Birding · Commonly Backpacked · Lake · River/Creek
Need to Know
- This area is very remote.
- There's water pretty much all the time along the way. But it's mostly dark tannic water! We filtered only moving water and found it quite good actually (no bad taste) it just looks like apple juice! It didn't clog our filter also (Katadyn Hiker Microfilter).
- Bringing two pairs of shoes is your best bet. One to hike in and get wet, one for using at camp.
- You'll find lots of ticks in dry areas. Check and recheck every day, several times. Tick repellent is a good idea.
- There are some long stretches of prescribed burn forest. Sometimes the blazes marking the trail get burnt and disappear.
- Try to follow the orange blazes religiously. There are several forest road connections that may be confusing. A gpx track on a phone or even the Hiking Project mobile app
- Several bail out options (road crossings) exist, but you'll end up hitchhiking in a very remote area.
Orange blazes all the way are easy to follow. Several primitive campsites offer nice tent spots, a fire ring, and a bench (being eaten away by carpenter bees!!)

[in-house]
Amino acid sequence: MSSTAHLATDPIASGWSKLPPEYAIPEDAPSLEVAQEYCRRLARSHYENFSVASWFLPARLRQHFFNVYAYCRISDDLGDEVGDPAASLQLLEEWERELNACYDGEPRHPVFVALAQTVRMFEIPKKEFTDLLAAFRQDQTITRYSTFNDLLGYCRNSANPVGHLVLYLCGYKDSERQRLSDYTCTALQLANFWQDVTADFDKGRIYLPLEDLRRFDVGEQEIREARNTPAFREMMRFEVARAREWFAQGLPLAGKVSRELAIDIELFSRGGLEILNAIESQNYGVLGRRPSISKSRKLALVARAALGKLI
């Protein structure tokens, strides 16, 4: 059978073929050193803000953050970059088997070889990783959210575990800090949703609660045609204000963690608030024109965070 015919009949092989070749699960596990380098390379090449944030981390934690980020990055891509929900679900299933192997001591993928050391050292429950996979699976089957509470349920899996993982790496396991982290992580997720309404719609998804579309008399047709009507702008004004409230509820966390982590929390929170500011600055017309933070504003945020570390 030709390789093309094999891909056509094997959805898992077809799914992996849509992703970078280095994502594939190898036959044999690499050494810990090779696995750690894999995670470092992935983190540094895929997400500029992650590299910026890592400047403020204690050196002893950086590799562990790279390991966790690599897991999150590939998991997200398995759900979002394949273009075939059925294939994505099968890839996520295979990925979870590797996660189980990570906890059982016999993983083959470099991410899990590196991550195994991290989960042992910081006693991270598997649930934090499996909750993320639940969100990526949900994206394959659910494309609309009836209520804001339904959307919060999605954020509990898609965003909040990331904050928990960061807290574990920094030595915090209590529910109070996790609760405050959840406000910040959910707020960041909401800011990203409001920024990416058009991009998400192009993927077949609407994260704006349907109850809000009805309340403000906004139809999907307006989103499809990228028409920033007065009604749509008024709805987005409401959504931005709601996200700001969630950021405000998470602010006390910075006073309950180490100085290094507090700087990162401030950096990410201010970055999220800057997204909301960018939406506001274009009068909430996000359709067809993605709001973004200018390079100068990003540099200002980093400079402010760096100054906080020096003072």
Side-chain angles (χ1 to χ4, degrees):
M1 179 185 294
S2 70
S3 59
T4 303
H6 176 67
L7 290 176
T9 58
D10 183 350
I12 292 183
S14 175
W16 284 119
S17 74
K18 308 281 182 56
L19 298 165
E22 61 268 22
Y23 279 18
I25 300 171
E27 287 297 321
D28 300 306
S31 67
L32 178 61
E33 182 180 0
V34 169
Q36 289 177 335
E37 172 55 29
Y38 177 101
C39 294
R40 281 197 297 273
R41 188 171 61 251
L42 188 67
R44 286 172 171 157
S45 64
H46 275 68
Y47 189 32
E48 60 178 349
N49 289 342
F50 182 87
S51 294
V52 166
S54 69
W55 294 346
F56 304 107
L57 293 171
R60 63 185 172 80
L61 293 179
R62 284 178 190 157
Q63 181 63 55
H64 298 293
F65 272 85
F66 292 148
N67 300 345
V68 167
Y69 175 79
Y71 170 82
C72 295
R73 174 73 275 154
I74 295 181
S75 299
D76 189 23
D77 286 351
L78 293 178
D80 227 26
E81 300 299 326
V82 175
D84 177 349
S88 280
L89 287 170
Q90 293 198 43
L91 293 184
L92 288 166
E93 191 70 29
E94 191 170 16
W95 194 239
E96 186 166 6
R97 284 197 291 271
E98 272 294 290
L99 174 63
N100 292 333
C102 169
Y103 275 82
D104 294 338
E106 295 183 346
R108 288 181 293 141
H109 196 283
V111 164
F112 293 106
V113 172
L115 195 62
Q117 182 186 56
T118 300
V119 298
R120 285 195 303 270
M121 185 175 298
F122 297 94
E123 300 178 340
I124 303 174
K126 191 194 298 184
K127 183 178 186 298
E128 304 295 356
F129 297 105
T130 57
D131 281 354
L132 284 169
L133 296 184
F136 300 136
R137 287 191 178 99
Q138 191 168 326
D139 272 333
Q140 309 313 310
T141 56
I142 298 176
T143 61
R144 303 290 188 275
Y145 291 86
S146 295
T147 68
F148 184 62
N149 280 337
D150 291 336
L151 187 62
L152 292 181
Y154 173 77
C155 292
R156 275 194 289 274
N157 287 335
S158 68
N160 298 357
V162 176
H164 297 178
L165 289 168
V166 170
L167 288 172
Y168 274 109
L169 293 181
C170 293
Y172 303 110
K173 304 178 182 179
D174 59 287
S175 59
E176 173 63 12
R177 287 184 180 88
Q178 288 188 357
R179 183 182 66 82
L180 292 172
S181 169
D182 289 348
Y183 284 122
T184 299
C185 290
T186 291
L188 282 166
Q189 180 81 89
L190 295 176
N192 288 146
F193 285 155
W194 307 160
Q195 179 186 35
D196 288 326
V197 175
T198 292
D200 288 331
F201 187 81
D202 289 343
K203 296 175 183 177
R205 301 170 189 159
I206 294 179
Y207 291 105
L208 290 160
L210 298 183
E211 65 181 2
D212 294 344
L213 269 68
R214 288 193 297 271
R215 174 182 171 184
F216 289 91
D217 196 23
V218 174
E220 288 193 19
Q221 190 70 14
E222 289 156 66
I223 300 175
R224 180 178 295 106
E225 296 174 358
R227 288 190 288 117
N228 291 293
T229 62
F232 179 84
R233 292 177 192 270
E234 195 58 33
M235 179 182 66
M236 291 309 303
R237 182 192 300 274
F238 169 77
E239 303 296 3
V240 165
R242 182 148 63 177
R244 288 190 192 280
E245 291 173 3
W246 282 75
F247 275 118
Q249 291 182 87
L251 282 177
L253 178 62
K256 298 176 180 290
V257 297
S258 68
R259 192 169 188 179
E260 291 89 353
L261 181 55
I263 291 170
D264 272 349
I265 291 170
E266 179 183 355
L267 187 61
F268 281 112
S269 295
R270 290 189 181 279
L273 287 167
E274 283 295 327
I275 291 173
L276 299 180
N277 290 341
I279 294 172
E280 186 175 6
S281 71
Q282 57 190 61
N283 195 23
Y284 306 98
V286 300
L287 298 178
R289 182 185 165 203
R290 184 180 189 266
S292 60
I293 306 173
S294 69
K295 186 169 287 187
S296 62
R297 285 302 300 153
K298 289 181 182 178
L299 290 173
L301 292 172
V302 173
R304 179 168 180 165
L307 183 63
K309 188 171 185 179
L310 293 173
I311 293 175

- Day 1: From Porter Lake Campground the trail keeps going through long leaf pines, palmetto forests, and small swamps. Camp at Sapling Head primitive campsite (10 miles) or keep going to Vilas primitive campsite (19 miles) or anywhere in between!
- Day 2: The scenery changes a bit as the trail crosses dryer areas with more oaks. There's a very pretty pond worth a stop to poke around (Bonnet Pond, blue blazes and a bench!). There are some surprising log structures that can be used to avoid the swamps—though watch out, sometimes they exist and sometimes not! Camel Lake Campground is mostly an RV camp but quite friendly for those on foot ($10 for pitching a tent, trash service, water, flush toilet and hot shower!). Today's length is 10 miles from Vilas Campsite.
- Day 3: The last stretch from Camel Lake to Route 12 avoids a big swamp by going around. Expect a tough trail with ankle-twisting grass lumps. There are many wet areas over its 5 mile length.
Flora & Fauna
- We saw deer, one coyote, one black snake (probably a rat snake), and one Moccasin Water Snake, poisonous but just warming up, coiled up, still don't step on one.
- Some flowers exist in spring, but March is probably still too early for flowers.
- There are few mosquitoes in the spring. That's the good trade off for colder swamp waters!
Shared By: Joao Bras-Jorge